It is night. We Steadicam into a moonlit bedroom, drifting across a window – where a raven is visible on the outside ledge, tapping at the glass with its beak – and land on a sleeping couple. The woman, Annabel, wakes up and goes to the window, causing the bird to flee. Crossing over to her far shoulder, we rest on Annabel’s reflection for a moment, before racking focus to another woman outside, maybe 200ft away, running towards a cliff. All in one shot.
Such was the action required in a scene from Annabel Lee, the most ambitious short I’ve ever been involved with. Based on Edgar Allen Poe’s poem, the film was the brainchild of actor Angel Parker, who plays the titular character. It was directed by Amy Coop, who had already to decided to shoot on an Alexa Mini with Cooke Anamorphics before I was even hired.
Working with animals has its own difficulties, but for me as director of photography the challenges of this particular shot were:
- Making the bedroom appear moonlit by the single window, without any lamps being visible at any point in the Steadicam move.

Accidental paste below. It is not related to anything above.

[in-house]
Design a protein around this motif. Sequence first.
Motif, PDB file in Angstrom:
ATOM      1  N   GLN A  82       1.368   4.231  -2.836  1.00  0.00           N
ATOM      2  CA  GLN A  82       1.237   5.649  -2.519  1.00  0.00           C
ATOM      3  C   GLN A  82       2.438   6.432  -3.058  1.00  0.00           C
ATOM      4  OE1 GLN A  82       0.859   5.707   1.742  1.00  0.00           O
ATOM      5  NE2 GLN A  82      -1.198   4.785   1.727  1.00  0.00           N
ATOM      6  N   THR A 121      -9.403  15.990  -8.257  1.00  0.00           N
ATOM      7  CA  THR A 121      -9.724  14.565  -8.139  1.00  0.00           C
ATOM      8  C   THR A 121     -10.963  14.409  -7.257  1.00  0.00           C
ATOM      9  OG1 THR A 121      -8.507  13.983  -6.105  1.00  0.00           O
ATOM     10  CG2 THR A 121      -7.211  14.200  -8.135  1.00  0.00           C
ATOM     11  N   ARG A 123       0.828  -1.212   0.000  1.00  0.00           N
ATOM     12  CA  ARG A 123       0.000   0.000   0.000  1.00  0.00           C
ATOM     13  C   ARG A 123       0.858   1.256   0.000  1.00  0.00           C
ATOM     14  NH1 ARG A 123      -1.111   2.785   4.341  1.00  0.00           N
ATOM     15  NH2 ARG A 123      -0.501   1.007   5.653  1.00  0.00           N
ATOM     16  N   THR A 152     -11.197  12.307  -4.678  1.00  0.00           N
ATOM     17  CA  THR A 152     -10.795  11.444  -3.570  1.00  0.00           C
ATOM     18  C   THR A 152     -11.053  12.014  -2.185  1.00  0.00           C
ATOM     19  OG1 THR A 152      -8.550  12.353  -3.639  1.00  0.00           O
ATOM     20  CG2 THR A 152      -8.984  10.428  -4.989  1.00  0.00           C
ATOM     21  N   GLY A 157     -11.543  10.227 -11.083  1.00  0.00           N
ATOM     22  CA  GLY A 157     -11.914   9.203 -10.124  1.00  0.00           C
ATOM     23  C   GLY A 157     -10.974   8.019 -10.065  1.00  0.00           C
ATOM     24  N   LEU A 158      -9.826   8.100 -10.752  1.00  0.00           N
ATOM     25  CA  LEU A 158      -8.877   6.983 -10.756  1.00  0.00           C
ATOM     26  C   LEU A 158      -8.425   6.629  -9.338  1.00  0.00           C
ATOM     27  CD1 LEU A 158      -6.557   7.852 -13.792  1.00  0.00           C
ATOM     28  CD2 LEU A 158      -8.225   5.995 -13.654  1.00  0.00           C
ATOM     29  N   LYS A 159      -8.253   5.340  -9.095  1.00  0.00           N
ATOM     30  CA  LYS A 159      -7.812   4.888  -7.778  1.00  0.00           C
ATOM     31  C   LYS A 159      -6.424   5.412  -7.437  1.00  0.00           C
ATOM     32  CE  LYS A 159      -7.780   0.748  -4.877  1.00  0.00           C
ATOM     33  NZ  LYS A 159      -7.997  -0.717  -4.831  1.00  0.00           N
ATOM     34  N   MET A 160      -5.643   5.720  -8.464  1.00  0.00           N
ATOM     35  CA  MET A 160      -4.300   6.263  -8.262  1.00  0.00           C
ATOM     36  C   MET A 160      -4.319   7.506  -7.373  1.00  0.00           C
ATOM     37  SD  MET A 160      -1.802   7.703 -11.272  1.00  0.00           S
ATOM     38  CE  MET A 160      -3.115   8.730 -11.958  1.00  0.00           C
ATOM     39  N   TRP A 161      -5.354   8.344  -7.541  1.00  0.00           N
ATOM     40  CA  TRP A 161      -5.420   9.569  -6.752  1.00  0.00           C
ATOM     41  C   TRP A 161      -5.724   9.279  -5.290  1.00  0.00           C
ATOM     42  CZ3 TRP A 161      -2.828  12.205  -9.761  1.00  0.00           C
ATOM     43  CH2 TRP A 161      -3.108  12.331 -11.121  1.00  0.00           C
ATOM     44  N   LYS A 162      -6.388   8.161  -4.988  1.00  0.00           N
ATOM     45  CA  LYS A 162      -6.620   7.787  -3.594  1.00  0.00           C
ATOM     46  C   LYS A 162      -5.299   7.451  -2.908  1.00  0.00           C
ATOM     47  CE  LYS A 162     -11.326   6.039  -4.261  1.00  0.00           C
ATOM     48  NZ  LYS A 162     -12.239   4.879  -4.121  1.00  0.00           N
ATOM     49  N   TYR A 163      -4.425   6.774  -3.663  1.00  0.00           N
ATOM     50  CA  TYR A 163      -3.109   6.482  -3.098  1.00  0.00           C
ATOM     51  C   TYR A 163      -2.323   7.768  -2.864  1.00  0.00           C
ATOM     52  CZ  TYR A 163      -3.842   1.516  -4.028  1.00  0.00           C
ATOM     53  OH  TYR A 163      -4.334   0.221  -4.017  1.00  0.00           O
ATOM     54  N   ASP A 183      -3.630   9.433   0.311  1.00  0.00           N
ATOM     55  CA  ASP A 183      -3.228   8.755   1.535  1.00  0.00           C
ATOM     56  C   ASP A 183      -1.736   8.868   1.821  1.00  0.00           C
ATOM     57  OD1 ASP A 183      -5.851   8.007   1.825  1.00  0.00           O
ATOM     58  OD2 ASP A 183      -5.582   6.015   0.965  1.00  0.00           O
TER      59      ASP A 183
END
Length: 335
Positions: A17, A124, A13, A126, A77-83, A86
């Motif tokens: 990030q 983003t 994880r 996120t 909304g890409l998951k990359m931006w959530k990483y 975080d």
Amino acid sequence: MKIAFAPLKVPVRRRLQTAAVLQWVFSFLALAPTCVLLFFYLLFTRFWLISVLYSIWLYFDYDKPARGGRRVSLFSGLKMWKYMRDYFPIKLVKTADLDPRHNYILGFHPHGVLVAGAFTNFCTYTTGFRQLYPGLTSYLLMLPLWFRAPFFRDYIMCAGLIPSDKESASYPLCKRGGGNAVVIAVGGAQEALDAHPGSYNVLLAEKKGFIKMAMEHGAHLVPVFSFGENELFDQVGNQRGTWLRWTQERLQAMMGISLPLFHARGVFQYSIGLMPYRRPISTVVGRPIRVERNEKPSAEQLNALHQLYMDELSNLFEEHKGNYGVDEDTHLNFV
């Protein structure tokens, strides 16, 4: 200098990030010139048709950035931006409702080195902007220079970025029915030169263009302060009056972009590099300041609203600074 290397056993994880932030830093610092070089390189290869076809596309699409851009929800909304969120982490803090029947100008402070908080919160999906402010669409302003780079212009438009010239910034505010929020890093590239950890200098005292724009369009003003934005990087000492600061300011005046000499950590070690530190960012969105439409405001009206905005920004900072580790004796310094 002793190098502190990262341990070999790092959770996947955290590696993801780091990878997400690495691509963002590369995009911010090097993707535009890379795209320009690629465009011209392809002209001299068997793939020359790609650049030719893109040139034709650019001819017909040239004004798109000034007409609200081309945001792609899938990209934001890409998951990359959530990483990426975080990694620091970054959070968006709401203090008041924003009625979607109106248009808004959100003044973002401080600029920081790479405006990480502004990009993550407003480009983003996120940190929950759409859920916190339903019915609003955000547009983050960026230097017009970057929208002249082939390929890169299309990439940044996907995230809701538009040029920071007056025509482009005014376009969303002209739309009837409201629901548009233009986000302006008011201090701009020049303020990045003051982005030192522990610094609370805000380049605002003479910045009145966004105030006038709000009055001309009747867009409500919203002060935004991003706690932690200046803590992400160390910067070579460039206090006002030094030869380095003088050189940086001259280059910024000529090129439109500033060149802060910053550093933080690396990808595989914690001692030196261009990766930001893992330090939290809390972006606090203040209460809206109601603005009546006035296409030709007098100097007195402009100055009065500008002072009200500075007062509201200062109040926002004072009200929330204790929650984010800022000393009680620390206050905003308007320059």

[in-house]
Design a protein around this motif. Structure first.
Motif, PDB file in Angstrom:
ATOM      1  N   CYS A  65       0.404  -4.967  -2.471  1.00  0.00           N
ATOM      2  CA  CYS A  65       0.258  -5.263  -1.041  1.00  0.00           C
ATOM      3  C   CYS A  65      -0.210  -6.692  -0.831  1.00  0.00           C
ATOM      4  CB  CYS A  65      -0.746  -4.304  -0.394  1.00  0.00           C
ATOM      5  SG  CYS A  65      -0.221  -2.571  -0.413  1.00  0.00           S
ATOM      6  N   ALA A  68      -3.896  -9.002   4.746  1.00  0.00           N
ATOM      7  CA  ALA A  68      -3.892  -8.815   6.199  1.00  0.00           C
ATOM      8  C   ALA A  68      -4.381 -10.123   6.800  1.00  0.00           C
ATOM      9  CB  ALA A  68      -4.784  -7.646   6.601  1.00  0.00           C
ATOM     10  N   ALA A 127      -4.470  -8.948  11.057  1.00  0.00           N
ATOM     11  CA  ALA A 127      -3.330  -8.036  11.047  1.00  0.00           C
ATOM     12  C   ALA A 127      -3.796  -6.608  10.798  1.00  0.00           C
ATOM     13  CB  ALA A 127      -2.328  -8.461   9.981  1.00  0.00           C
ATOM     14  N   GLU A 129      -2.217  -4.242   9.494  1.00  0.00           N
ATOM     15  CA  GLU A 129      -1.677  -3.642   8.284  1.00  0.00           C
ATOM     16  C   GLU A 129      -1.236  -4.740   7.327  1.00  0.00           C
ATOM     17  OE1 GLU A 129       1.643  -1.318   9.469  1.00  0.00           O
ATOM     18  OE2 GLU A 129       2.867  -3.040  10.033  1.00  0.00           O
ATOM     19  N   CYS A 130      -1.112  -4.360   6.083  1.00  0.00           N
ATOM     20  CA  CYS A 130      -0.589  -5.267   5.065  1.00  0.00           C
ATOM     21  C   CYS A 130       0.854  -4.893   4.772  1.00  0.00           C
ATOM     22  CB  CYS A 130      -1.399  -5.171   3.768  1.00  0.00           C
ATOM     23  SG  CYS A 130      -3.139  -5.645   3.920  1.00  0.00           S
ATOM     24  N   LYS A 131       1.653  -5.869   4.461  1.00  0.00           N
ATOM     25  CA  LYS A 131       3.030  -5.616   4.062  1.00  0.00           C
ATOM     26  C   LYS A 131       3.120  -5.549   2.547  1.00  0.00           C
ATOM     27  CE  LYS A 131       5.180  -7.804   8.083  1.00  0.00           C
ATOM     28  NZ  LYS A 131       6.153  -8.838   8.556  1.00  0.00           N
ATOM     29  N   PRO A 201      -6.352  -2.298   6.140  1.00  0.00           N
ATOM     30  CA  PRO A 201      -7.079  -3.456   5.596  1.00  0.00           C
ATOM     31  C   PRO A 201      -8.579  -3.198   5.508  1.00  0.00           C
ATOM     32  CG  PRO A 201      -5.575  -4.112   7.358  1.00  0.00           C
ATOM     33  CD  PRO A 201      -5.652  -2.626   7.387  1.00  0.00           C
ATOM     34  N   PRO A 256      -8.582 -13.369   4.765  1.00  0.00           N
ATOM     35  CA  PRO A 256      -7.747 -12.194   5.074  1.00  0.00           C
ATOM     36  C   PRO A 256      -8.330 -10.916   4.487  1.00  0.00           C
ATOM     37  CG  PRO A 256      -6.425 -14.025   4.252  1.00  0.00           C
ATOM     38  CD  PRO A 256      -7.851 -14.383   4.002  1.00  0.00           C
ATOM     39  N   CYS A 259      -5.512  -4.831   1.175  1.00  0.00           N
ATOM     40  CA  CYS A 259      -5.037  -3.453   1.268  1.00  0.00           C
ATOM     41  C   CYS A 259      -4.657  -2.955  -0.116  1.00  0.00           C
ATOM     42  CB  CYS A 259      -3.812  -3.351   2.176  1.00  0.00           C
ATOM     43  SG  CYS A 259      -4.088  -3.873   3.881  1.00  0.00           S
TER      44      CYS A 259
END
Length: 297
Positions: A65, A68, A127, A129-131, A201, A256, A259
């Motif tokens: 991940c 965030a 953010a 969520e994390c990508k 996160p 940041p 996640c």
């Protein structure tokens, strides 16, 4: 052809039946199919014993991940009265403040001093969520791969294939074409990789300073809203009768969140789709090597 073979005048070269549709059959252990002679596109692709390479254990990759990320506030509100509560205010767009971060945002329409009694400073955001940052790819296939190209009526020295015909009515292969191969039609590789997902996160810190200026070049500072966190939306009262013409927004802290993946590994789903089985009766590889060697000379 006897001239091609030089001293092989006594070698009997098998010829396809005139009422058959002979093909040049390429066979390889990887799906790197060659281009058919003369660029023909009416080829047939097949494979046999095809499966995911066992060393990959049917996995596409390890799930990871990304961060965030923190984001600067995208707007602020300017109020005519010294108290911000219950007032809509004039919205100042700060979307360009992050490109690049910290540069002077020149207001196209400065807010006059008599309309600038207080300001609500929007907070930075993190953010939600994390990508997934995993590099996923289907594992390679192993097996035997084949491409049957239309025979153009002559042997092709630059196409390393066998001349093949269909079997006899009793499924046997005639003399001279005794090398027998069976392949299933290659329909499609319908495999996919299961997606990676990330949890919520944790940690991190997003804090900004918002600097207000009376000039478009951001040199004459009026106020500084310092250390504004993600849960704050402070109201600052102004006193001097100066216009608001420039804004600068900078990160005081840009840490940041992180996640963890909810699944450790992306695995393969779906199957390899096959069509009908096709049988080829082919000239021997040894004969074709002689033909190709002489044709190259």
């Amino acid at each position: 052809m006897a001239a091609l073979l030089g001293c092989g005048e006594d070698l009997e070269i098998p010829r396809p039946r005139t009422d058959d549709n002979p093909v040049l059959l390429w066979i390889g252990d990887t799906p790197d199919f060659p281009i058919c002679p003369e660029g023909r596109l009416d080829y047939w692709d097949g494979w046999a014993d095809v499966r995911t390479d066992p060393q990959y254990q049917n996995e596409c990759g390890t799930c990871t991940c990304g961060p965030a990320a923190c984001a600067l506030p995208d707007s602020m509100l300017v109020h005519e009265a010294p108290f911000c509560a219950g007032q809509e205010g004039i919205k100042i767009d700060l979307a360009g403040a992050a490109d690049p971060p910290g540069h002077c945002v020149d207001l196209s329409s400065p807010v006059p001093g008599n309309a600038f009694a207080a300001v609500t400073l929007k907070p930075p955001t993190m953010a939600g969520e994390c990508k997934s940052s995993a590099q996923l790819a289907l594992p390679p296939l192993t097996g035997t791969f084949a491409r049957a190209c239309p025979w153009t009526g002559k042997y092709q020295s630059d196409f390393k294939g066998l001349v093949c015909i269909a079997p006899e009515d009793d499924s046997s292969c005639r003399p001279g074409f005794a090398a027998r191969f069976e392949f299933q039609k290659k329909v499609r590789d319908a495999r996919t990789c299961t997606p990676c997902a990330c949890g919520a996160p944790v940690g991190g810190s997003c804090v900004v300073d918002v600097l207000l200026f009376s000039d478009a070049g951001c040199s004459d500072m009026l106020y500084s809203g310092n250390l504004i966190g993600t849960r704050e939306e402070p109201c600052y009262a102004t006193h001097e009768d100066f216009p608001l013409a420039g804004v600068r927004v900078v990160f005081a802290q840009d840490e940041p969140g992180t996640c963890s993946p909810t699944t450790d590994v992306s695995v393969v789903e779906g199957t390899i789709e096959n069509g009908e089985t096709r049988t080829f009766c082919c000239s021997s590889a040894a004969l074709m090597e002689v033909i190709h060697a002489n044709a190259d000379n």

- Lighting the view outside.
- Ensuring the live raven read on camera even though the shot was quite wide.
- Making Annabel bright enough that her reflection would read, without washing out the rest of the scene.
- Blocking the camera in concert with Annabel’s move so that its reflection would not be seen.
I left that last one in the capable hands of Steadicam op Rupert Peddle, along with Angel and Amy. What they ended up doing was timing Angel’s move so that she would block the window from camera at the moment that the camera’s reflection would have appeared.
Meanwhile, I put my head together with gaffer Bertil Mulvad to tackle the other four challenges. We arrived at a set-up using only three lights:
- A LiteMat 1 above the window (indoors) which served to light Annabel and her reflection, as well as reaching to the bed.
- Another LED source outside the window to one side, lighting the raven.
- A nine-light Maxibrute on a cherry-picker, side-lighting the woman outside and the cliffs. This was gelled with CTB to match the daylight LEDs.
Unfortunately the outside LED panel backlit the window glass, which was old and kept fogging up, obscuring the raven. With hindsight that panel might have been better on the other side of the window (left rather than right, but still outside), even though it would have created some spill problems inside. (To be honest, this would have made the lighting direction more consistent with the Maxibrute “moonlight” as well. It’s so easy to see this stuff after the fact!)
Everything else worked very well, but editor Jim Page did have to cut in a close-up of the raven, without which you’d never have known it was there.